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Posts published in September 2020

How Gambling Preys on Your Brain

Gambling is a psychologically fascinating phenomenon and extensive research has been carried out on how psychological mechanisms influence gambling. Here are some fascinating phenomena of gambling.

Psychological reward system

It would be impossible to analyse gambling psychology without thinking about the way the brain system functions. You don't do that if you haven't got any form of psychological game blow. Nobody else would either.

The first aspect of gambling that appears apparent is that you don't know what the result is. If you do not know what is going to happen, particularly if one potential outcome includes a sort of reward, your brain is hardwired to do activities.

Your brain sends a neurotransmitter called dopamine while you are exercising, eating, consuming alcohol or making love. It is also freed when you have money at the roulette table and elsewhere in the casino.

In reality, psychologists have conducted numerous experiments and tests to assess dopamine release in the brain during gambling. The brain not only produces dopamine in the same way as if you took drugs, but while you're playing, the brain changes physically. Gambling not only increases your desire to spend more, it also increases your desire for things like dopamine. They have also done experiments that indicate that players lose the same dopamine hit they get. The existence of many problem players chasing their defeats are living proof of this phenomenon.

Gambler’s Fallacy

Therefore, a player on roulette looks at seven black numbers coming in a row. This famous psychological phenomenon is known as the gambling mistake and the mistake is that an occurrence is inevitable if it occurs repeatedly. In fact, the chances of a specific occurrence often are the same.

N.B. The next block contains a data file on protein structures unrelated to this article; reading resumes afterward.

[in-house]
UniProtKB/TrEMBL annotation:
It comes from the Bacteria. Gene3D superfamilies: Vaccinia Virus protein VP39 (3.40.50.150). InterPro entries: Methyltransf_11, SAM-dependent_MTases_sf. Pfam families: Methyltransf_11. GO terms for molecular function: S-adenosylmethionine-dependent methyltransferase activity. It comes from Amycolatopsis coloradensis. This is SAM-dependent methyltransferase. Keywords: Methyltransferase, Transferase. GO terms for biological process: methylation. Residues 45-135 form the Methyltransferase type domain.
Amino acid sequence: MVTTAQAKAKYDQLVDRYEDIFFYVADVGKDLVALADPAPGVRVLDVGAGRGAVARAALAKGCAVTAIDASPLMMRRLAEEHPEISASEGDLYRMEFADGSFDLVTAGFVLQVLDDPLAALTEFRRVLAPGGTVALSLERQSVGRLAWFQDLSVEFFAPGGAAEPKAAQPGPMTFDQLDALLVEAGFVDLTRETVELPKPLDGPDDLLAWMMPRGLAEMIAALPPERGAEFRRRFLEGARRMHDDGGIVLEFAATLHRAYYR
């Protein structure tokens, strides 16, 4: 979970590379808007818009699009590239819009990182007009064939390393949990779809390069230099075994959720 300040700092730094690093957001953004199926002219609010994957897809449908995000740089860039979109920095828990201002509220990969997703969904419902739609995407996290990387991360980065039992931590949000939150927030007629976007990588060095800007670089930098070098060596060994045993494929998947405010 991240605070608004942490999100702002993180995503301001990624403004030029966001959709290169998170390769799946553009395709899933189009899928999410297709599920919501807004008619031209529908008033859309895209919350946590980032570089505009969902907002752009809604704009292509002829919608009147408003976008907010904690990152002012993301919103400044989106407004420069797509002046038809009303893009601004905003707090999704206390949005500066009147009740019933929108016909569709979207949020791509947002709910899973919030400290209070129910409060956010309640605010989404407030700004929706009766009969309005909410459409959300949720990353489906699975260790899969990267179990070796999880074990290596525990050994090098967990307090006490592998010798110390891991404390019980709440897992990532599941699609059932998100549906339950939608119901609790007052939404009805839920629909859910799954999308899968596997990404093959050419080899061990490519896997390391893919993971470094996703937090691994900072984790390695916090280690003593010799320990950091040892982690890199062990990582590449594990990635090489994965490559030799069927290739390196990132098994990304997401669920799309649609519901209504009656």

Gamblers sometimes assume that with each loss, the chances of a win increase, but that's totally wrong. The likelihood of winning 'widening' or 'diminishing' while playing. Opportunity does not work if a number of losses or winnings is pre-determined. Each turn is a different, independent occurrence and has exactly the same chance to win or lose.

Shifting goalposts

In a smart analysis, racetrack bettors were asked to predict the odds before and after betting on the horse, which their horse would earn. After putting their wagers, players appeared to assume that their horse was more likely to win than before. The increased participation made them more optimistic.

Illusion of control

Many players even incorrectly assume that they control chance. This may be strengthened depending upon the type of game they play – one that happens due to decisions (like the number and colour to gamble on and which cards to discard and select), but where chance is chiefly the driving force when someone wins or loses. It can also be strengthened.

People want to feel in control. That is why a person can think he can gain some control over how risky gambling is. For example, wearing a 'lucky' object, wearing a dice in a certain way, sitting at a certain location.

Superstitions and rituals

The very concept of gambling is a random case. However, many players feel strongly that they can formulate a gambling scheme. It includes forecasting trends in random numbers, trying to pick certain slot machines and avoid others, or performing a ritualistic course to keep getting wins.

As you know, gambling can be incredibly dependent, and those psychological mechanisms also enhance this dependency. Scientific research has shown that addiction to gambling has much of the same brain pathways as addiction to drugs.